Emerging Animal Diseases Bulletin No. 106 - September 2011

Current status of cutaneous leishmaniasis in Australia

Background

Leishmaniasis is a well-documented disease of humans and animals worldwide. In humans, leishmaniasis is generally zoonotic with a number of different clinical manifestations ranging from single or multiple skin lesions (cutaneous leishmaniasis) to destruction of the mucosae, including the soft cartilage of the nasal septum (mucocutaneous leishmaniasis) or systemic infections of the liver and spleen (visceral leishmaniasis). The disease is caused by the single-celled, flagellate protozoan parasites Leishmania.

Over 20 species of Leishmania are known to cause leishmaniasis in humans and other animals.

The Leishmania parasite maintains a complex life cycle which involves a reservoir host (often asymptomatic), and a phlebotomine sand fly vector. In the mammalian reservoir host, Leishmania parasites exist as intracellular amastigotes within macrophages. However, in the sand fly gut and in vitro culture, they are extracellular, flagellate promastigotes.

Cutaneous leishmaniasis in macropods

Australia and Antarctica were thought to be the only continents free of Leishmania species and suitable phlebotomine sand fly vectors. However, in 2003, locally acquired Leishmania infections were identified in captive red kangaroos in the Darwin rural area of the Northern Territory. The Leishmania species causing this infection is now considered to be a unique Australian species.

Since then, clinical disease has been seen in other captive macropods, including several northern wallaroos, a black wallaroo and agile wallabies. In an attempt to implicate a reservoir, serological surveys of captive and free-range macropods were conducted in the Darwin rural area using an indirect enzyme-linked immunosorbent assay (ELISA) (unpublished study).

Photo of Ulcerated tail lesion of a red kangaroo (image adapted from Rose et al. 2004)
Figure 1: Ulcerated tail lesion of a red kangaroo (image adapted from Rose et al. 2004)

Depending on the locale, antibodies detected against a soluble Leishmania antigen of the Australian species were found in 5–20% (n = 157) of agile wallabies and 13–76% (n = 42) of antilopine wallaroos (M. antilopinus), indicating exposure or infection with an Australian Leishmania parasite. Tissue samples were also collected and tested for the presence of Australian Leishmania DNA by a specific real-time polymerase chain reaction (PCR). Of 17 Antilopine wallaroo ear snips tested, 53% were found to be positive for Leishmania DNA.

To elucidate the vector responsible for transmission of this newly identified species, field entomological investigations have been undertaken in the Northern Territory. A thorough field investigation was conducted in locations where Leishmania transmission was known to be occurring, and four species from the genus Sergentomyia were identified in the captive enclosures. Even though Sergentomyia spp. are considered a reptile-feeding sand fly, the collected females were screened for the Australian Leishmania DNA; none were found to be positive.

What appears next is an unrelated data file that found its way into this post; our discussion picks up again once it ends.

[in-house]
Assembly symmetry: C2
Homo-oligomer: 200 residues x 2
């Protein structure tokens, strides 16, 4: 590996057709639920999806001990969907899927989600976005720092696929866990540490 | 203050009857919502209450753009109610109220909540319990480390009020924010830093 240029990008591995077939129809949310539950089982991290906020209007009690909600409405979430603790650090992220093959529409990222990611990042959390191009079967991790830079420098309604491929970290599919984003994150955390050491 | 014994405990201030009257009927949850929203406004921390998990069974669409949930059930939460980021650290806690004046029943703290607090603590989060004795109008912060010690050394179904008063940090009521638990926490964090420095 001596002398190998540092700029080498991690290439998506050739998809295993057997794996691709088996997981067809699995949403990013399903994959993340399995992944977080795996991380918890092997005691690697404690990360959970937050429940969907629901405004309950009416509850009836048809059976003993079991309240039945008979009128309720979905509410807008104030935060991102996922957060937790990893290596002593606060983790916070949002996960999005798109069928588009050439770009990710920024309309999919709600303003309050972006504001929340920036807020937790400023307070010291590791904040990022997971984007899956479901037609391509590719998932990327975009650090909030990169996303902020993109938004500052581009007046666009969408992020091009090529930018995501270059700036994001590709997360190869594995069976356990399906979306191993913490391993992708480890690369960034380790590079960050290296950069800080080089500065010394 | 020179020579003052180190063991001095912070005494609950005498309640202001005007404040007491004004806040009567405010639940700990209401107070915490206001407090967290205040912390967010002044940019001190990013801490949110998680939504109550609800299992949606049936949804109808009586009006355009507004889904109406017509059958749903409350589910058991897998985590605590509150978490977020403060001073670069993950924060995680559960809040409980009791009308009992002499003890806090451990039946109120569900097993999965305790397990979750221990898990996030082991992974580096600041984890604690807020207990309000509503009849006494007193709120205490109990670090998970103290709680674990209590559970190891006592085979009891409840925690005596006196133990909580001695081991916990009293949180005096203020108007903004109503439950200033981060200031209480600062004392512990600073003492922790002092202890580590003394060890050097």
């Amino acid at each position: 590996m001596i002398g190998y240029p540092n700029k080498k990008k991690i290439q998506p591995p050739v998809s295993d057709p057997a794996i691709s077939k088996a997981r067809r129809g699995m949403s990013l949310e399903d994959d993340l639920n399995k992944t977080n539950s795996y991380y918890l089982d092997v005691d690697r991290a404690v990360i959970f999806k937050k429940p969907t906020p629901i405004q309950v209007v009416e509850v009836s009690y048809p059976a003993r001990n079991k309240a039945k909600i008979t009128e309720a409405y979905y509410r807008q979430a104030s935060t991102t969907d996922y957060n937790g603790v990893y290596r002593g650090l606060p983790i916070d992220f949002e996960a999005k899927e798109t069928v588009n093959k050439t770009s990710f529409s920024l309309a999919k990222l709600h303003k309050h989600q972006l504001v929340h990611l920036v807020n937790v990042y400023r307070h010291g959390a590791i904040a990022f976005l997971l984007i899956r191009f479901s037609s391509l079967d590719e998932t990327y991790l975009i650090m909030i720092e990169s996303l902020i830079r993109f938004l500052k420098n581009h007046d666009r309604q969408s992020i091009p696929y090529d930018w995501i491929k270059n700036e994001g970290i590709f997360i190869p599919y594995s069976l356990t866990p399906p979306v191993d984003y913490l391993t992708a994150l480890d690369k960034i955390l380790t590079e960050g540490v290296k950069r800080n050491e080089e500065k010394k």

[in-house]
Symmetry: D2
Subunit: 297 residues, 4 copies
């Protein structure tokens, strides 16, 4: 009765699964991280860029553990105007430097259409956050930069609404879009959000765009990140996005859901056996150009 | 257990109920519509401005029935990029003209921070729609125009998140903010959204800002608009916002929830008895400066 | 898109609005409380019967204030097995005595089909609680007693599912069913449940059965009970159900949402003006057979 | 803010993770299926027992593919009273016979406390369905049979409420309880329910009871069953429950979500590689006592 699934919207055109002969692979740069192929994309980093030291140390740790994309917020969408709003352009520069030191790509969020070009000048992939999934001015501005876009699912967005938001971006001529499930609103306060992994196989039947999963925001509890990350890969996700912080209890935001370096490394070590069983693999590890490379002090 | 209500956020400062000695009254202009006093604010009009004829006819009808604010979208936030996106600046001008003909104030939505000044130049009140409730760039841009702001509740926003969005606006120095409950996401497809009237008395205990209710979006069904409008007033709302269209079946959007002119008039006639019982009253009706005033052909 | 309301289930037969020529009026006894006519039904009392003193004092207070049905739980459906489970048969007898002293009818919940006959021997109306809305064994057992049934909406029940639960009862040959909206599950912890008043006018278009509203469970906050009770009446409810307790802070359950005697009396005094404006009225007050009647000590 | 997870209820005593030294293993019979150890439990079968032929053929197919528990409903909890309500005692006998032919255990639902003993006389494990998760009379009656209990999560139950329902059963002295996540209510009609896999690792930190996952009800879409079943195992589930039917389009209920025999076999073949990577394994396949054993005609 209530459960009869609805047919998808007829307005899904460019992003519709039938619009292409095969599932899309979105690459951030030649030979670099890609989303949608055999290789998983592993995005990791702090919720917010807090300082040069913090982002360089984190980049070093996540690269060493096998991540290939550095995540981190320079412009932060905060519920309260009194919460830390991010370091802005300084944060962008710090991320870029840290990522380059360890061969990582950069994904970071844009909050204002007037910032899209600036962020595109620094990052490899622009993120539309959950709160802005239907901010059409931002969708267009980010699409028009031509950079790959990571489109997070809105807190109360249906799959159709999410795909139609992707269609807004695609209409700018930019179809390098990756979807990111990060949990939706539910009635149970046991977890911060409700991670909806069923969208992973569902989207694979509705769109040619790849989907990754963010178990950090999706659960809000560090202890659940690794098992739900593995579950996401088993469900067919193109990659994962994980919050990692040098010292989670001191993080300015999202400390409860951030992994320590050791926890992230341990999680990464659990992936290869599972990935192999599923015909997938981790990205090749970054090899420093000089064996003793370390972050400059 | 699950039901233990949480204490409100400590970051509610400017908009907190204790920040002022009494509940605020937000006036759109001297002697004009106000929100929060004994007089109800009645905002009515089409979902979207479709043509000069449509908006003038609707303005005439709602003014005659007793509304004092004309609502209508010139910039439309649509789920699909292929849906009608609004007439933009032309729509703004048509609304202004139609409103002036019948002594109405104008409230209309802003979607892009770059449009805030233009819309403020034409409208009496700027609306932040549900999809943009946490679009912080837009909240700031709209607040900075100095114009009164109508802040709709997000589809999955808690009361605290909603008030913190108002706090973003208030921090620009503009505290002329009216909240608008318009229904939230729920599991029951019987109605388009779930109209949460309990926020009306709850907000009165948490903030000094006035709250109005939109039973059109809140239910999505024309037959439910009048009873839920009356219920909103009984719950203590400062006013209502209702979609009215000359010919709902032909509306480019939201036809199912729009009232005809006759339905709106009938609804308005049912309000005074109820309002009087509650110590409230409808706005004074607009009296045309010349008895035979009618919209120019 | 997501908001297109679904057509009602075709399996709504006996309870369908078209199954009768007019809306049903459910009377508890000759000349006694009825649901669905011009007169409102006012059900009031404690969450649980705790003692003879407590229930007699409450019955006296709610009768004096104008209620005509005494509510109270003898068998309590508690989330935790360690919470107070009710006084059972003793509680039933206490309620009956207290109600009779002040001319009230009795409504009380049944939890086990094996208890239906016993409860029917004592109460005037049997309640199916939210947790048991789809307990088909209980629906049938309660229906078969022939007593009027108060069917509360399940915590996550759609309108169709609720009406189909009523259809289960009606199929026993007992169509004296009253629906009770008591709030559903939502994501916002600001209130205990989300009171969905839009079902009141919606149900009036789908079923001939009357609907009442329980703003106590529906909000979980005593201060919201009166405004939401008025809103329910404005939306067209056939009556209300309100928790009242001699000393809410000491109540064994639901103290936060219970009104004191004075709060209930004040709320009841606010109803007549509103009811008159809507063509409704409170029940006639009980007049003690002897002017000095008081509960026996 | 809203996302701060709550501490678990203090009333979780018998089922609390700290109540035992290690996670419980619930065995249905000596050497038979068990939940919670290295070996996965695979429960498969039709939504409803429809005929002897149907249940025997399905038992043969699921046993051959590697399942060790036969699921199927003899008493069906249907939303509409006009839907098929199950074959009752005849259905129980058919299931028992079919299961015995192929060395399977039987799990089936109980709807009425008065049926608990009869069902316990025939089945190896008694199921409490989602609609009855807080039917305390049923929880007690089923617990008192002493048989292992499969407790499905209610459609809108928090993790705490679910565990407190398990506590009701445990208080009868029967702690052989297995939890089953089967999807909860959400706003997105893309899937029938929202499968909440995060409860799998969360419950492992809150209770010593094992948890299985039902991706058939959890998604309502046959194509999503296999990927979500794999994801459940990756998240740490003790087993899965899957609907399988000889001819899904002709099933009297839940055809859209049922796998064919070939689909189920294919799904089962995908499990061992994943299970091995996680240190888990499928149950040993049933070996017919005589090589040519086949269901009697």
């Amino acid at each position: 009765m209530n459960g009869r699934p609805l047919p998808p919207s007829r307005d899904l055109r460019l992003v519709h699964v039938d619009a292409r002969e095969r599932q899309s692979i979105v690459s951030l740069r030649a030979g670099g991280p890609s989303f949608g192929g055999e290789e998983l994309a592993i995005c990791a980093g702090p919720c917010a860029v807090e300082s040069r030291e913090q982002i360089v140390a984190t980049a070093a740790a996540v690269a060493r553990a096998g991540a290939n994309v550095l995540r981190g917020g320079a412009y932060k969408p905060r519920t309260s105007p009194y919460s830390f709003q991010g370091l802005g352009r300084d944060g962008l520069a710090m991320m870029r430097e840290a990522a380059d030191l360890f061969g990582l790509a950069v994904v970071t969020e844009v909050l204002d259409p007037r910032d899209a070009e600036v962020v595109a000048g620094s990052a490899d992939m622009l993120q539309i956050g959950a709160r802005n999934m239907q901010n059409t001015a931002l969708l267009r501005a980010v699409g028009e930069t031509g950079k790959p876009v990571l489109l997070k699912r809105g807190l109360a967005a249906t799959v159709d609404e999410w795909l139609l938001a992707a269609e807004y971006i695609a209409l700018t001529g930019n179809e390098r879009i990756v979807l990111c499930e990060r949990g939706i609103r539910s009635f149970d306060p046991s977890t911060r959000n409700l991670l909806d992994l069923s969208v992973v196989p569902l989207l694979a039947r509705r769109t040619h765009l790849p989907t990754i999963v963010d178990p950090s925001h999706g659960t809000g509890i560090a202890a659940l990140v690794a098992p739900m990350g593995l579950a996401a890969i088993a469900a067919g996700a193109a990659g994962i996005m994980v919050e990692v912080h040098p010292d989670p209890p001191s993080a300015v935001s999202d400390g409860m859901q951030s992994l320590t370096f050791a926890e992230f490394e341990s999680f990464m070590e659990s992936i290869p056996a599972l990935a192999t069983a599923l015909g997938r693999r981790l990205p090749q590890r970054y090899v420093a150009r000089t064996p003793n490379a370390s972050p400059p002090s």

In addition, we found no mammal-feeding Phlebotomus spp. in our collections, leading us to conclude phlebotomine sand flies may not be involved in Leishmania transmission.

Subsequently, day-feeding midges observed feeding heavily on macropods in the monsoonal season were collected, revealing a potentially novel vector of Leishmania in Australia. The collections of day-feeding midges (Forcipomyia (Lasiohelea) spp.) contained three different species, including a new species designated Forcipomyia (Lasiohelea) sp. 1.

Specimens of this undescribed species showed a prevalence of Australian Leishmania infection of up to 15% (as indicated by real-time PCR). A prevalence of 6% was seen in F. (L.) peregrinator. Infections in these day-feeding midges have also been visualised by microscopy and promastigotes were cultured and identified in the laboratory as the same species infecting macropods.

Photo of Medial hock of a northern wallaroo depicting multiple smooth nodules and one ulcerated and encrusted lesion (Image: Cathy Shilton).
Figure 2: Medial hock of a northern wallaroo depicting multiple smooth nodules and one ulcerated and encrusted lesion (Image: Cathy Shilton).

This is the first documented evidence of a potential vector other than phlebotomine sand flies anywhere in the world. To improve understanding of the Australian Leishmania lifecycle, continued surveillance and monitoring of its transmission is vital. To date, the Leishmania species has not been found in other states of Australia, although day-feeding midges are widely dispersed and are also found in New South Wales, Queensland and Western Australia.

Knowledge regarding these midges is scarce, and research into their biology and geographic distribution is important to improve the understanding of the potential risks of this disease. Now that we are aware of this parasite and its likely vector in Australia, veterinarians and wildlife carers need to be alert and on the lookout for infections.

Clinical disease

In macropods in the Northern Territory, the disease manifests itself as cutaneous lesions. The lesions are located distally in areas concentrated on the tail, inner forearms, hind legs and ears. Lesions on the limbs and tails can appear as focal to coalescing 0.5–2 cm diameter areas of thickened skin or raised variably encrusted or ulcerative pale nodules (Figures 1 and 2). On the ears, lesions primarily involve the distal margins of the pinnae, which are irregular in outline, mildly swollen and variably encrusted (Figure 3). The severity and number of lesions can vary among affected individuals. Naivety to infection and subclinical stress – related to an incompatibility with their captive conditions – may have contributed to the varying severity of disease seen in all of the macropod species described to date.